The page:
Leading Brexiteers such as Boris Johnson have backed an alternative to Theresa May’s proposal
Oliver Wright, Policy Editor
September 25 2018, 12:01am
A Canada-style trade deal would enable Britain to dump “anti-competitive” European Union laws and embrace the “opportunities” of Brexit, senior Conservatives said yesterday.
Setting out an alternative to Theresa May’s Chequers plan, leading Brexiteers backed a report that called for the EU to have no say over British laws on the environment, food standards and workers’ rights. They instead called for Britain to strike free-trade deals with countries such as the United States by opening up its markets to exports currently banned by the EU.
The report, by the free-market think tank the Institute of Economic Affairs (IEA), was given the backing of both David Davis, the former Brexit secretary, and Boris Johnson, the former foreign secretary.
It calls for the government to drop the proposal made at Chequers to maintain close regulatory alignment with the EU and instead sign a more limited trade deal with the bloc.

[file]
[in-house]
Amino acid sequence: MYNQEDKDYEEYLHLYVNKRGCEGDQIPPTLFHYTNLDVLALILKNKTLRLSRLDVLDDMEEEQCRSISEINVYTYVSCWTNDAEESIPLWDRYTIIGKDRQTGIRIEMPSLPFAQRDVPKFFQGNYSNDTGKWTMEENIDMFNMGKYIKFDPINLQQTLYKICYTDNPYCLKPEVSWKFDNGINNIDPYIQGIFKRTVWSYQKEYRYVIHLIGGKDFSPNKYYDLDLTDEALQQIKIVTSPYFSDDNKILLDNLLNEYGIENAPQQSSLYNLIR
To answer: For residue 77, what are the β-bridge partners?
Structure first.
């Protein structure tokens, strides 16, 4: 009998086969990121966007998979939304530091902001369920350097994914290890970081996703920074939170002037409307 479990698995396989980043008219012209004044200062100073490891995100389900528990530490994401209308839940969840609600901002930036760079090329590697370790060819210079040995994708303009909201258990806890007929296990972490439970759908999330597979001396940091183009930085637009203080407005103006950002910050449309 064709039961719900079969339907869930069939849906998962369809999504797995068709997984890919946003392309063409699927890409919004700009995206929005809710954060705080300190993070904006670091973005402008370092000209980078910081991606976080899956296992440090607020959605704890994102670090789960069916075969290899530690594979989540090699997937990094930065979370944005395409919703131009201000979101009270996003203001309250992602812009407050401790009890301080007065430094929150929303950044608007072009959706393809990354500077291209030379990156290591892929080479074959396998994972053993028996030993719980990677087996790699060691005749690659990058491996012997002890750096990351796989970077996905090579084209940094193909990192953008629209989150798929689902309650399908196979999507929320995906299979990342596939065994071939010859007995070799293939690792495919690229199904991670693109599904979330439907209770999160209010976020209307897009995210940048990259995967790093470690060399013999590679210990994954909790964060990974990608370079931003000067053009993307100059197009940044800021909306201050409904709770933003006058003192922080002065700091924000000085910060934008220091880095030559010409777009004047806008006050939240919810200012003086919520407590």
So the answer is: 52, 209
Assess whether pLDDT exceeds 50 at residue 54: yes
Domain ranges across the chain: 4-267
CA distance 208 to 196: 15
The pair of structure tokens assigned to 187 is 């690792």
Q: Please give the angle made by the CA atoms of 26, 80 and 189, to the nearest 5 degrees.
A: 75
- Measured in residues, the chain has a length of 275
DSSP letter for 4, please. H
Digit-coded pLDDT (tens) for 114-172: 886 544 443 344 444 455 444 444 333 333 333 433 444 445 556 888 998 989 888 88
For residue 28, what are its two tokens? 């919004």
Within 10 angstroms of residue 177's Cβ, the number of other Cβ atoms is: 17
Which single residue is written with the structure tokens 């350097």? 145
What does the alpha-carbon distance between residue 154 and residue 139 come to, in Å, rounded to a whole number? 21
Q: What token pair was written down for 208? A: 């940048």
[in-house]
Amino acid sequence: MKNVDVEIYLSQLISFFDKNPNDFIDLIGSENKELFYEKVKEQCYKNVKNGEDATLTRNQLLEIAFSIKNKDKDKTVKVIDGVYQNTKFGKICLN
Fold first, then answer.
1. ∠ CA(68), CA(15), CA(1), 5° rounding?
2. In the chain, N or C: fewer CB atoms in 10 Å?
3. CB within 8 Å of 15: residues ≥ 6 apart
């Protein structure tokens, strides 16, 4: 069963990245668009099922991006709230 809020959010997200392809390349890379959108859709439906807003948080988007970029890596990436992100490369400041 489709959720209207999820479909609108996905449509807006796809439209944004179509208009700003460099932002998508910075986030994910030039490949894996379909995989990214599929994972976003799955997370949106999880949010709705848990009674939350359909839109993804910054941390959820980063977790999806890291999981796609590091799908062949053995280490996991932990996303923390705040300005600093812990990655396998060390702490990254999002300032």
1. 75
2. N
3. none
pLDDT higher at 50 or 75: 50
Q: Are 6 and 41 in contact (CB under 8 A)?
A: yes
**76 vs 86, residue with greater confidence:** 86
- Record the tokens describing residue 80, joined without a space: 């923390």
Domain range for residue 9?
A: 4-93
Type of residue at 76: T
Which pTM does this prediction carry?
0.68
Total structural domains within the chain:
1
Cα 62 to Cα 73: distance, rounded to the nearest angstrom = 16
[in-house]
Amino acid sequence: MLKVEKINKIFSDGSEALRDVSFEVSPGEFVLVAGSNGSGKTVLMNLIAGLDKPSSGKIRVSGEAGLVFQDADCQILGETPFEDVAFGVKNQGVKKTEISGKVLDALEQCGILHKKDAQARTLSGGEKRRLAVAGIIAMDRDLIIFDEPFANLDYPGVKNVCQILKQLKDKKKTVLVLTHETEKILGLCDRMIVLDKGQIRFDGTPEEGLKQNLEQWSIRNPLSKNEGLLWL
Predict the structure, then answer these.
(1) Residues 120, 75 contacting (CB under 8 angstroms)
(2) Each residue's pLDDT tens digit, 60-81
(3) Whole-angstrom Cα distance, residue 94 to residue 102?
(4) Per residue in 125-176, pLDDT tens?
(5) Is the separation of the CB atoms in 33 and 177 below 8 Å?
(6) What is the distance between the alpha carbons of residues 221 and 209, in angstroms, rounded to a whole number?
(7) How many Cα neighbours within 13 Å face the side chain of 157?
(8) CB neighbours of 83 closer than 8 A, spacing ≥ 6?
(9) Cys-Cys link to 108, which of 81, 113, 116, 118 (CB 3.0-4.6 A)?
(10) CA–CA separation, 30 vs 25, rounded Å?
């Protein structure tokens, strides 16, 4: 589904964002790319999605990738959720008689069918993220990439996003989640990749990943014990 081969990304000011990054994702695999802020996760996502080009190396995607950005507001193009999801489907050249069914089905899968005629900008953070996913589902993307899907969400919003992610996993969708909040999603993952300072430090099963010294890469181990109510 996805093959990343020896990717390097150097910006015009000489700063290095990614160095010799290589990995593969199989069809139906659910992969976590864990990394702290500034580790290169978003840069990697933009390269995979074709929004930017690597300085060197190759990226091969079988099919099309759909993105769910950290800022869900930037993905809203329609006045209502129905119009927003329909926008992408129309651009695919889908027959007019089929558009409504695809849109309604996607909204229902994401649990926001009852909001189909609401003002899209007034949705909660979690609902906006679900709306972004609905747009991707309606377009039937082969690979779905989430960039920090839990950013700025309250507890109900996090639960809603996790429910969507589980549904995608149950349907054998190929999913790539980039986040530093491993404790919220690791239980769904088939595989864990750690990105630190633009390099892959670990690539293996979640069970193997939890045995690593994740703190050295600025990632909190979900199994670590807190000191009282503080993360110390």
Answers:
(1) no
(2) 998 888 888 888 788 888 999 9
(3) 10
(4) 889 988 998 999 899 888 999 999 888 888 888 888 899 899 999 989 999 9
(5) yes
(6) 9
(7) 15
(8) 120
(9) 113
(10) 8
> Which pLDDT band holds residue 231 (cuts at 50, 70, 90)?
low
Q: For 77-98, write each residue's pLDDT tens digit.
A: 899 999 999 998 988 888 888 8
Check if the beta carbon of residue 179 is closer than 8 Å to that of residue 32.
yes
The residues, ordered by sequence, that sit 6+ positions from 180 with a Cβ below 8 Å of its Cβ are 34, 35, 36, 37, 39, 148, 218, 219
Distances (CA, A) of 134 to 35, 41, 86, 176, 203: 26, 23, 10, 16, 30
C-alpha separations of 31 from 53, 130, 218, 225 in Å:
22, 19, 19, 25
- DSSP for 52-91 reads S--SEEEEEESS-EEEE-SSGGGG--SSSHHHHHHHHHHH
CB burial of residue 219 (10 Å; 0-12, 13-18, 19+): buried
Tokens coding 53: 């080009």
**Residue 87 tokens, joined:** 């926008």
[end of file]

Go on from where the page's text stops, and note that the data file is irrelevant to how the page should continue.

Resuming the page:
Such a deal would be similar to the Canada trade deal concluded last year and would enable Britain to escape EU rules on environmental, social, data and food safety legislation.
Brussels has claimed that without agreeing to abide by such rules, British access to EU markets would be severely restricted. The report says that new deals with countries such as America, India and parts of Asia could offset any losses. It also argues that if Britain began trade talks with the EU while concurrently negotiating with other countries it could leverage one side against the other.